It was also at this beginning that I was met with the powerful inclination to share these little kindnesses, to let them out of my studio, to give them freedom from the binding of my sketchbook, opening up the possibility that by sharing the grace I give to the person in the mirror, just maybe someone else might find a little moment of love for themselves.
What was the result? Was it what I expected?
I suppose I may never know if any of my creative efforts meant anything to anybody else, but now that I’ve done a stack, I definitely feel I’ve achieved something, if only for me. At the very least, I’ve had these three months of days to focus on specific creative skills that are so essential to artists like myself: looking, mark-making, experimentation – all the while, tending to the garden of my inner well-being.
Of course, just as I’d anticipated, I now have 100 self-portraits, each different to the next. I’ve experienced the joy of learning and discovery that comes from experimenting with different mediums, methods, tools, or concepts. And after the initial week or two, I started thinking in terms of a weekly “theme”, such as “black and white” or “digital” or “playtime” as a way to fire up the next starting point – and the ideas just kept ardently coming, quelling any anxieties I might have had about The Blank White Page.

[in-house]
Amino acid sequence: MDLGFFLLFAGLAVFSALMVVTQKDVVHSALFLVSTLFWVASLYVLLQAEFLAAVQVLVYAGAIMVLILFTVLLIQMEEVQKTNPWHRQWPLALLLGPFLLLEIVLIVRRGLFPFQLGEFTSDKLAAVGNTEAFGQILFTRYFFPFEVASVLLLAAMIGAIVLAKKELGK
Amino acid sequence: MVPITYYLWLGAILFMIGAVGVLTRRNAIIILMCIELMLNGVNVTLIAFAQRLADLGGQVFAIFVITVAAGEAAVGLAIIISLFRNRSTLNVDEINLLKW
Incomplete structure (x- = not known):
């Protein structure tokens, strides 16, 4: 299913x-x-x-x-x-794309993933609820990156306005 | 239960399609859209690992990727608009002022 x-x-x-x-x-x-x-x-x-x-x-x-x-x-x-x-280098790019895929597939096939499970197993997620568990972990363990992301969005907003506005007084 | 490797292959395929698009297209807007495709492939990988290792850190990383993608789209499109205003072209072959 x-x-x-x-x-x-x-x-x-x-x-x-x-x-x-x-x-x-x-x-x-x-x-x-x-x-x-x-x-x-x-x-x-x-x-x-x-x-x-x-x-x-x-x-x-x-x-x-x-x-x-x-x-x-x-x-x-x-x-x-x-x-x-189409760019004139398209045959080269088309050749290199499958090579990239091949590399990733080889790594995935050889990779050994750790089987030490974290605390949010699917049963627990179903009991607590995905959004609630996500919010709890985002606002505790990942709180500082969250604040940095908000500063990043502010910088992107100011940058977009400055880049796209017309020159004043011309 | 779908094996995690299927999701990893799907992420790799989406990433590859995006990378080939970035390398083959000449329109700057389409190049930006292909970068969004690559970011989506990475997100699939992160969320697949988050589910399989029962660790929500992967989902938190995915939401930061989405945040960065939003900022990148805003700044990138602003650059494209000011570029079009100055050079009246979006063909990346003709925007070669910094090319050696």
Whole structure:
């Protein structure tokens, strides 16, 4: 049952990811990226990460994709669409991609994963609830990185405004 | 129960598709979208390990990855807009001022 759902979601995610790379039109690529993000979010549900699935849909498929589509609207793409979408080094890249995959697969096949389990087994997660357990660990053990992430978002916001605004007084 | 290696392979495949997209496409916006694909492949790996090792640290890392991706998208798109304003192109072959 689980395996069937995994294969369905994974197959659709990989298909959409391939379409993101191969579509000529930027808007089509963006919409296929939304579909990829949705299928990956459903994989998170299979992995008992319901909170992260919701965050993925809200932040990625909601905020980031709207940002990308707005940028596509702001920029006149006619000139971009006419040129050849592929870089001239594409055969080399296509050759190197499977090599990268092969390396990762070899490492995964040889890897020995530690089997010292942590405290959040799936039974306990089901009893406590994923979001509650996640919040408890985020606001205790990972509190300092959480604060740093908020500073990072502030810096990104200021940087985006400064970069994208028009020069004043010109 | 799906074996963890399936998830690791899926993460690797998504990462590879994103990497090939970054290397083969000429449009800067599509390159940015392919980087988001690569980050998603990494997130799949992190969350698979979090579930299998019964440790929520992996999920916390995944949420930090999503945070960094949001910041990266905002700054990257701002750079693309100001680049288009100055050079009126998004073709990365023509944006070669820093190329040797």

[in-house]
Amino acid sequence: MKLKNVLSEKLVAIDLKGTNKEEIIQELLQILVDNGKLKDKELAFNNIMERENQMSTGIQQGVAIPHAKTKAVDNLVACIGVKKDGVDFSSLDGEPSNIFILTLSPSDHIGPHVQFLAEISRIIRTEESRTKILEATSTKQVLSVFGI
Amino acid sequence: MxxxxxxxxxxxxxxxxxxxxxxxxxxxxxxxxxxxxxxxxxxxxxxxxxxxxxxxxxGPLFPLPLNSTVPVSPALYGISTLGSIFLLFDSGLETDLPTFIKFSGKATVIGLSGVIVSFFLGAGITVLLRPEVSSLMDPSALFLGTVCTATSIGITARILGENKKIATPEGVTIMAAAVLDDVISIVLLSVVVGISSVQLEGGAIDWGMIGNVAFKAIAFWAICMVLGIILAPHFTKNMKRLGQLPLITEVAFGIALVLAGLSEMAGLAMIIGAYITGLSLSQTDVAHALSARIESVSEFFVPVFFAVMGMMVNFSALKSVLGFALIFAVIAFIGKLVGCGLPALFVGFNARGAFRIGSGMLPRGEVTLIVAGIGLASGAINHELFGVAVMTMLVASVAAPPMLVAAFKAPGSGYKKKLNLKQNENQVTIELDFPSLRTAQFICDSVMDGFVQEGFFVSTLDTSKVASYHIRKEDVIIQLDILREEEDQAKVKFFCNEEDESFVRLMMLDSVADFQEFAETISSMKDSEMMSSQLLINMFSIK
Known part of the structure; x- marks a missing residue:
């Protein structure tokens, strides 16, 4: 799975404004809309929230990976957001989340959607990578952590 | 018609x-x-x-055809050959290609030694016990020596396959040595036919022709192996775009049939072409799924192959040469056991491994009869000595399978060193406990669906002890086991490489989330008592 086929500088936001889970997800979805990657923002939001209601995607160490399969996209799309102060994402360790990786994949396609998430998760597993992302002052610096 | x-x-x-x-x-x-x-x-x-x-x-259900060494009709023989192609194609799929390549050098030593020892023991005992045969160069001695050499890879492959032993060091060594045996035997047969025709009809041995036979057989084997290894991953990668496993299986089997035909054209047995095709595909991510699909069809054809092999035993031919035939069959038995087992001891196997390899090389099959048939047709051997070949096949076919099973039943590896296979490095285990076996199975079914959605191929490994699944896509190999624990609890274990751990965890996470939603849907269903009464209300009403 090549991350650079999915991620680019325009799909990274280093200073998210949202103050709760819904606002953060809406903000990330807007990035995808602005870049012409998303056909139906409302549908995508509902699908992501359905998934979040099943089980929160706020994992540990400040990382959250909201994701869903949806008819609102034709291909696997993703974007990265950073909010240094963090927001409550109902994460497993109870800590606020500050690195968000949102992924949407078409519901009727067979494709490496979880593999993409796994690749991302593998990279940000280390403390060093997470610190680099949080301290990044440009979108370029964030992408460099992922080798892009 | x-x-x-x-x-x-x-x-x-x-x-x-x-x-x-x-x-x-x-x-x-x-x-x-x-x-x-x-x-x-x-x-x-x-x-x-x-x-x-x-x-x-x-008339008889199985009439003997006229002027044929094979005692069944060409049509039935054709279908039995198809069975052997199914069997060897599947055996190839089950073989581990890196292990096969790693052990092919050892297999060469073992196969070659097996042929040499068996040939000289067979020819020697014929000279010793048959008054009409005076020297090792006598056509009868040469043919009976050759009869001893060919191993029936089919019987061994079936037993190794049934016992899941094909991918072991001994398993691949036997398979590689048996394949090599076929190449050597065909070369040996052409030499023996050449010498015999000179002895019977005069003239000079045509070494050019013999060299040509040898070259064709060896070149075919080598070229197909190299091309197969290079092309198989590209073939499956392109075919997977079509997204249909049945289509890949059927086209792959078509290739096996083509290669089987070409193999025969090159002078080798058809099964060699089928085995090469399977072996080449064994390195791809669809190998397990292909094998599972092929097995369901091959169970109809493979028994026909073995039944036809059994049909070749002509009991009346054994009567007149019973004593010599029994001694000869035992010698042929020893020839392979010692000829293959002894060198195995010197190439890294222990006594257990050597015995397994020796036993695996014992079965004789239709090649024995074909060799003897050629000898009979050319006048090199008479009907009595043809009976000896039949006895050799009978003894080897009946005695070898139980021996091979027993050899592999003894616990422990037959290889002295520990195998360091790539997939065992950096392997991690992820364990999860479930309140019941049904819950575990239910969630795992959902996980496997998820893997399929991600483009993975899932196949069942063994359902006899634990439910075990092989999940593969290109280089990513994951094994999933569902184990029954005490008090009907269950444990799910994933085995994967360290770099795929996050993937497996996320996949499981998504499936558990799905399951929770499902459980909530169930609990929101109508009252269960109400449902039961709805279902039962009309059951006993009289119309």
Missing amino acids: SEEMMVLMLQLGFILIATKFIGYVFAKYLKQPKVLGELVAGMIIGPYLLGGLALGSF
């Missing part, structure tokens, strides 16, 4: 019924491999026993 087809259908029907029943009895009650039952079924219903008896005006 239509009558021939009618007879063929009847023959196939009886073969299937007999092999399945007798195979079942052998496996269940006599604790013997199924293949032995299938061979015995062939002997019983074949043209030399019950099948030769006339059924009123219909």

Most weeks included a #ThrowbackThursday, that is, some self-portrait from the past that I’d done prior to this project – the perfect opportunity to glance back and see how far I’d come!
What have I learnt so far? What has surprised me the most?
I must admit, doing any something-a-day kind of project very quickly and easily becomes a habit, one that I enjoy and one that is most definitely not a chore. Not only that, but I am convinced my drawing/creative skills have improved, and this experience has fostered new ways of expression and making through daily investigation.